This is what my first two rules are about. What you are writing about is always in the past; who you are writing for is always in the future. Your reader is always receiving an “outdated” message, a report on your state of mind that is no longer current. But you want the reader to learn something about what you are actually thinking. So you have to find a way to make sure that the things you are writing about will remain relevant going forward. You want to write on a stable foundation of knowledge. And the best way to do that is to choose, today, something you knew last week to write about tomorrow.

Seconds, Minutes, and Hours

It takes seconds to write a sentence. It takes minutes to write a paragraph. And it takes hours to write an essay. Writing never takes days or weeks or months. That is, you don’t spend day in and day out engaged in nothing but writing. At worst (and it’s bad enough) you might spend a whole day engaged in writing, to the exclusion of all else, but even this conspicuous display of your commitment to writing is best measured in hours. If you ask me, serious writing should never occupy more than three hours in a given day, which should be divided into 20- or 30-minute “moments” that have been arranged the day before. In each writing moment, you take 18 or 27 minutes to compose a paragraph out of sentences that you write. After a two or three minute break, you get on with your day, which may be another paragraph. You can write six or nine paragraphs this way in three hours. Writing is what goes on during those hours. It does not go on for weeks and months.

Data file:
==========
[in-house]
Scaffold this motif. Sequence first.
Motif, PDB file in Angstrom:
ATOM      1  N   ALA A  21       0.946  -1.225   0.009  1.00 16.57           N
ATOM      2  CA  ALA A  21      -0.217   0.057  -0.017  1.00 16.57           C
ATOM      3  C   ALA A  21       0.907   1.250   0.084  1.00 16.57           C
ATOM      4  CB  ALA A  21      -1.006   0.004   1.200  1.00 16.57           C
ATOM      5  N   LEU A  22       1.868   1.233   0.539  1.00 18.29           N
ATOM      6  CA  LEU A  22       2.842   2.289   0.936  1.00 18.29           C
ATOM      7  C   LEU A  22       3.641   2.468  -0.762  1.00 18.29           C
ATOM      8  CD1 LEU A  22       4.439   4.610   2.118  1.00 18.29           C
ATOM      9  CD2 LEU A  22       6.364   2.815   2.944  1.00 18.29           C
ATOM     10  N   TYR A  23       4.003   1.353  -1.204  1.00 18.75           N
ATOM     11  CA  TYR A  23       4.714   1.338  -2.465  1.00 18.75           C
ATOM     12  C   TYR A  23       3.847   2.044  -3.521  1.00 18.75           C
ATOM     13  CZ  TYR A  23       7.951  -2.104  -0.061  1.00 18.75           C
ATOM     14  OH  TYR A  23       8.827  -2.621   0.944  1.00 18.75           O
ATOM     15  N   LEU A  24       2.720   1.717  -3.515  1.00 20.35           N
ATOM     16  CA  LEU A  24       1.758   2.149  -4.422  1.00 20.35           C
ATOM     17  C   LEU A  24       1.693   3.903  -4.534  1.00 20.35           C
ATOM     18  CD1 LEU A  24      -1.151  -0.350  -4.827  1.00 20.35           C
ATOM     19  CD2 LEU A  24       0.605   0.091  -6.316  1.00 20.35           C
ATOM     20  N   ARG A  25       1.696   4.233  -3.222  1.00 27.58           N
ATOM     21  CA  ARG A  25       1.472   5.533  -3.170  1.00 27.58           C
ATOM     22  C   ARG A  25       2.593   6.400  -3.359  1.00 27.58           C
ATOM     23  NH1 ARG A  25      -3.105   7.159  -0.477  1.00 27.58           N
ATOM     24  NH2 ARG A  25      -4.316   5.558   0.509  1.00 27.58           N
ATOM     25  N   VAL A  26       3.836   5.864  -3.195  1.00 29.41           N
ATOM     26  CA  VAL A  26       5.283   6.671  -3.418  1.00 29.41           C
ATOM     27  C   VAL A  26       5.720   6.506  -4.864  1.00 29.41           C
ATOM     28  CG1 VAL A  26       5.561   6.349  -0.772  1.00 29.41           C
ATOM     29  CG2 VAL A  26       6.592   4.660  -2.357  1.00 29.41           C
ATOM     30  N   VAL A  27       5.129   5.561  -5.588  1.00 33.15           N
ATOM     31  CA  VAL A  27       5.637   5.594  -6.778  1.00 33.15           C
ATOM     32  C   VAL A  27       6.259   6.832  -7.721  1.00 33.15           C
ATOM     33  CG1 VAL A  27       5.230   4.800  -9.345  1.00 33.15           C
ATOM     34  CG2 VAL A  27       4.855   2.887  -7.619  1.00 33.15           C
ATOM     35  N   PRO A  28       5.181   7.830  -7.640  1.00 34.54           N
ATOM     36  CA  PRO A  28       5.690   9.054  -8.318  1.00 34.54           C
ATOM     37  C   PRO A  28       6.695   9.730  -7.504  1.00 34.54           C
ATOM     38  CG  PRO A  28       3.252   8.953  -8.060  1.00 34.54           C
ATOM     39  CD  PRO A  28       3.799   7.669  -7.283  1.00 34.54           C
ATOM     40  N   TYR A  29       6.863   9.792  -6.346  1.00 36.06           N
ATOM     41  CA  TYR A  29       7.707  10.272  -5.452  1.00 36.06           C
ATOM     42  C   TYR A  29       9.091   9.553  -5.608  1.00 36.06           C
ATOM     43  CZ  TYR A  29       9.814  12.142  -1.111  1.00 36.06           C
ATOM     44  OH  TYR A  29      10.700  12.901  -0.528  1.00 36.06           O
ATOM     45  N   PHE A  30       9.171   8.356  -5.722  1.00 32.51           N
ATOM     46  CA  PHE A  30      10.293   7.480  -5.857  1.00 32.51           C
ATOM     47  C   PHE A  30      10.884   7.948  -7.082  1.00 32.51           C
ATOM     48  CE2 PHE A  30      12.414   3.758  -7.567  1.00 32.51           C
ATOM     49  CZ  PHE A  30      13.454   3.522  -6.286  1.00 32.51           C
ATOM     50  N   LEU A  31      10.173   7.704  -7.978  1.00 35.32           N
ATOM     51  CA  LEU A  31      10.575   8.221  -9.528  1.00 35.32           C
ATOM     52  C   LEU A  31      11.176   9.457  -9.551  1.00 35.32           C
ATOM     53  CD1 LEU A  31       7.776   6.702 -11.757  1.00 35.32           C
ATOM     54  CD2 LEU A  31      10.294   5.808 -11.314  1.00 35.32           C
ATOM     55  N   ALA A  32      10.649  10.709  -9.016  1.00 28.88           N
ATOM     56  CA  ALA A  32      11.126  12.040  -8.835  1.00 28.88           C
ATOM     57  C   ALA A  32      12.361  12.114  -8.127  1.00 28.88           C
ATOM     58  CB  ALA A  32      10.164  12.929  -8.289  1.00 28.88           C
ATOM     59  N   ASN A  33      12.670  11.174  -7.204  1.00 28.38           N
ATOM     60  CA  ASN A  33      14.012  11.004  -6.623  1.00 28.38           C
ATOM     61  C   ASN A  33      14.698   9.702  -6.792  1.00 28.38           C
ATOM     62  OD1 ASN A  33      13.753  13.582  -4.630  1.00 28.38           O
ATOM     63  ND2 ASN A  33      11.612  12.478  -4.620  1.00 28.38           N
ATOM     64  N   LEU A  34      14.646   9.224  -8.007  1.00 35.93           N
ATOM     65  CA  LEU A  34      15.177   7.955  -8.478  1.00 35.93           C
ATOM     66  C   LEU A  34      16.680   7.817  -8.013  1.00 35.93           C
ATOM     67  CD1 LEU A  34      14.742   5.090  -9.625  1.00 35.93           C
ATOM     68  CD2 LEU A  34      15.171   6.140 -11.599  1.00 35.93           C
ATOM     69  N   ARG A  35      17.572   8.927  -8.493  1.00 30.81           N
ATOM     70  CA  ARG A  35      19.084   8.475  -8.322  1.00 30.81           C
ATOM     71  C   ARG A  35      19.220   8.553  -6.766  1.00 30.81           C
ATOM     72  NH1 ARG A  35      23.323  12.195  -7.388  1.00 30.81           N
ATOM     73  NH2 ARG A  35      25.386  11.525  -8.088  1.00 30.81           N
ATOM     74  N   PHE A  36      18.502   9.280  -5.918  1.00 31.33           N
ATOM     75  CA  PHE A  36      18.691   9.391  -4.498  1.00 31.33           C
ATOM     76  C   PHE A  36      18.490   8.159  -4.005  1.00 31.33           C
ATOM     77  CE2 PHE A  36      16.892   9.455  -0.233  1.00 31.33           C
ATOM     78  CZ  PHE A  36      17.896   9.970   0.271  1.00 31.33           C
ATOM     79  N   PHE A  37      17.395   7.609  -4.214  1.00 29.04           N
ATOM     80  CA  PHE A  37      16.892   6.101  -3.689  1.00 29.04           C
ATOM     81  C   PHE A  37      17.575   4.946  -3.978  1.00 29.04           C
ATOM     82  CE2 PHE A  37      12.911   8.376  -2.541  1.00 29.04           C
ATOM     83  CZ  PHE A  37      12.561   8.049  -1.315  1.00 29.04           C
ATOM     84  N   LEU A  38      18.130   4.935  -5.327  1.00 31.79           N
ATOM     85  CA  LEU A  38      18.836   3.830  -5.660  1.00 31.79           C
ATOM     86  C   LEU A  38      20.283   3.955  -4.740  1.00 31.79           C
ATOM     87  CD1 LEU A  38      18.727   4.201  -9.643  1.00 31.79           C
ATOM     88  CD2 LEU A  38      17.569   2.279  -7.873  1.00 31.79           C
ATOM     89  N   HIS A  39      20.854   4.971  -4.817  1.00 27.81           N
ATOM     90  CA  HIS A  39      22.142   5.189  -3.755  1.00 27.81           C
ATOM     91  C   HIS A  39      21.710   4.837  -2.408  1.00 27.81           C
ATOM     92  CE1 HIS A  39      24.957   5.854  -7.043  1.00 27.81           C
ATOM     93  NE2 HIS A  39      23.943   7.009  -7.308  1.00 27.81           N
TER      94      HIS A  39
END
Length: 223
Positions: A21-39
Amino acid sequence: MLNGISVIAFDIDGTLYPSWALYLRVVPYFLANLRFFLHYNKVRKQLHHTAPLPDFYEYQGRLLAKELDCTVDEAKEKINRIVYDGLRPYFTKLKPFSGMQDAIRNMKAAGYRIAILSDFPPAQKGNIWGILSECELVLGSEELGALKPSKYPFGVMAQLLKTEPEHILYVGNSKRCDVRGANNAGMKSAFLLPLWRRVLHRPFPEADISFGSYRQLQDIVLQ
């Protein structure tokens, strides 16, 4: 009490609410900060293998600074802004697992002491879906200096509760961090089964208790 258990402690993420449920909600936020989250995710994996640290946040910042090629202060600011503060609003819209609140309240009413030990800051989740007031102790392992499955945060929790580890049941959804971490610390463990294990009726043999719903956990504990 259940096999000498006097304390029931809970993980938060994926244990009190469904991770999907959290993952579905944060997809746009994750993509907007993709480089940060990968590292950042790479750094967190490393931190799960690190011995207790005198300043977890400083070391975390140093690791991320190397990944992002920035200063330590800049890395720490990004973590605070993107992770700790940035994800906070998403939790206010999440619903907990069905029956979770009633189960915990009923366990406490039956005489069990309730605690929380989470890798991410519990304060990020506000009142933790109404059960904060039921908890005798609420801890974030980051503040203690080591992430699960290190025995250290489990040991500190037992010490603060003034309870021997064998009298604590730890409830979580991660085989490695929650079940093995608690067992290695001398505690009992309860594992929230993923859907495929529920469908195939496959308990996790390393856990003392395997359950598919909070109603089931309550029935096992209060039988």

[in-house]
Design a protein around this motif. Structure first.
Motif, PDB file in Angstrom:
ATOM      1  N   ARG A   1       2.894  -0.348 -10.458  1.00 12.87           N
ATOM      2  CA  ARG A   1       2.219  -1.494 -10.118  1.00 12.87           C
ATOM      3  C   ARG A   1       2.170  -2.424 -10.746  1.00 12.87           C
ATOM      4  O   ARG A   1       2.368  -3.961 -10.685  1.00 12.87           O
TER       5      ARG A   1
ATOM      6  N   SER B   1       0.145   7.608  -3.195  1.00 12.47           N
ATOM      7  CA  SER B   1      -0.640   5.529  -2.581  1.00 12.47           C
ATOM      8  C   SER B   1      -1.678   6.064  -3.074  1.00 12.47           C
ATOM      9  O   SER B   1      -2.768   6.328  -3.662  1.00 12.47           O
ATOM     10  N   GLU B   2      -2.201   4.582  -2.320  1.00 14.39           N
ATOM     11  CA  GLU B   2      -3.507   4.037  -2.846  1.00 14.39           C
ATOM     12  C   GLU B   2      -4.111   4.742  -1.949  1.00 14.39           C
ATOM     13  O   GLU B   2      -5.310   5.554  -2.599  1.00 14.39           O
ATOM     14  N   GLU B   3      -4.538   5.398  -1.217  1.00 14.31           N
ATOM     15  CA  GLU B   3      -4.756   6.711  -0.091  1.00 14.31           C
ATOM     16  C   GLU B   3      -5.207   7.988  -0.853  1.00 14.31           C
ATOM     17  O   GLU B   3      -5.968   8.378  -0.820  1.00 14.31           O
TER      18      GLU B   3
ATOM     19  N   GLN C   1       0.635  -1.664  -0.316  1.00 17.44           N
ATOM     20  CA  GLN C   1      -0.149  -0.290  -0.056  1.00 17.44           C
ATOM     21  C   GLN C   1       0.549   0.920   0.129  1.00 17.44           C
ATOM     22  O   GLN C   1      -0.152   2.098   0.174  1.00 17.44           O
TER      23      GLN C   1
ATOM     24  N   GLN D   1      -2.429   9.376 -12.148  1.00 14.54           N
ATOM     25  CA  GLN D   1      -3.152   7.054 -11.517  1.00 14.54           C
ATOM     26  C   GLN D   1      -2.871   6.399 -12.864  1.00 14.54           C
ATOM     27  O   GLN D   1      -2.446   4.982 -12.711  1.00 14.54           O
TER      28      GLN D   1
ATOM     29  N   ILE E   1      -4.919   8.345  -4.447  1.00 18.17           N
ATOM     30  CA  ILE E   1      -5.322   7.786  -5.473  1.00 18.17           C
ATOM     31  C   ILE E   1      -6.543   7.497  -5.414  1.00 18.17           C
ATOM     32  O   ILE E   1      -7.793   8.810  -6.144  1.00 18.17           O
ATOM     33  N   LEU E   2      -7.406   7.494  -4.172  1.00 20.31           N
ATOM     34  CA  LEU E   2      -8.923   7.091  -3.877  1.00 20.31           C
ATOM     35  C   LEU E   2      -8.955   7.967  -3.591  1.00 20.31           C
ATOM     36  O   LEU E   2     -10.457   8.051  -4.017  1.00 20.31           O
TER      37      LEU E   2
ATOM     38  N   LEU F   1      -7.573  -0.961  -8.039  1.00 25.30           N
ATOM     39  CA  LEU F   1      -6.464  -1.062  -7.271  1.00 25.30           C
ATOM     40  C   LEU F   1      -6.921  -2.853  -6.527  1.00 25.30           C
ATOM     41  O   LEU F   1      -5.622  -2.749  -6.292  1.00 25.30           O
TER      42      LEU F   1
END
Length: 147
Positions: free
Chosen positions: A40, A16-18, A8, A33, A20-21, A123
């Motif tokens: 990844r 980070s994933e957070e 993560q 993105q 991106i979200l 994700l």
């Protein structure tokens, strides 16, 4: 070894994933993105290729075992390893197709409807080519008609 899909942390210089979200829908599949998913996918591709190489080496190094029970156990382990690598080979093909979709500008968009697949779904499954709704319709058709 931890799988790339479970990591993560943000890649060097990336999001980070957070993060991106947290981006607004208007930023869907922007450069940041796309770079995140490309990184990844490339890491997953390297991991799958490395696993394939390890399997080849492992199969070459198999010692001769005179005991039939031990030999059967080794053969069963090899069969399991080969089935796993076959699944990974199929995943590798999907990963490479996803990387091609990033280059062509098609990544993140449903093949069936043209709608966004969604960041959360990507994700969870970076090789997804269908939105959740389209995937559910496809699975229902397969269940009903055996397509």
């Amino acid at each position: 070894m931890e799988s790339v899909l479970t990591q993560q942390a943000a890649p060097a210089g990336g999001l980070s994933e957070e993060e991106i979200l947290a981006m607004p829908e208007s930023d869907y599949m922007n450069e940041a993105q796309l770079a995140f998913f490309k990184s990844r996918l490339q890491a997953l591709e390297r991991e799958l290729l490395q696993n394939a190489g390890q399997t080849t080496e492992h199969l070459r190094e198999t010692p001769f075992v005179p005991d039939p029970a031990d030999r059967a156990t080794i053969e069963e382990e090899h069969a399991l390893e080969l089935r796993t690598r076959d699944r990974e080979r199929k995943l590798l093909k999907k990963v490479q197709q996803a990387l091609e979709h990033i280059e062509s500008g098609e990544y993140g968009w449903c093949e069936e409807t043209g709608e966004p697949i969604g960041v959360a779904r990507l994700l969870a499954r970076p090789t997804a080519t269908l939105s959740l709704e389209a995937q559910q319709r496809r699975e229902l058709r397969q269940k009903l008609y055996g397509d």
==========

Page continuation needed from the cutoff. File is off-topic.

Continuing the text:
A scholar’s life, of course, goes on for years and years. Knowledge builds up over time as beliefs are entertained and tested, and then retained or replaced with other beliefs. The research experience doesn’t usually benefit from being overly segmented and planned. In order to make discoveries, you have to be open to novel insights; unexpected events must be welcomed as opportunities, not avoided as interruptions. So it makes sense to say that you were “working on a problem” for months before a solution presented itself. “Working on it” might simply have meant waiting patiently, receptively, for the issue to resolve itself. Thinking something new, or even just seeing something you hadn’t seen before, isn’t an event you put into your calendar and then dutifully show up to participate in.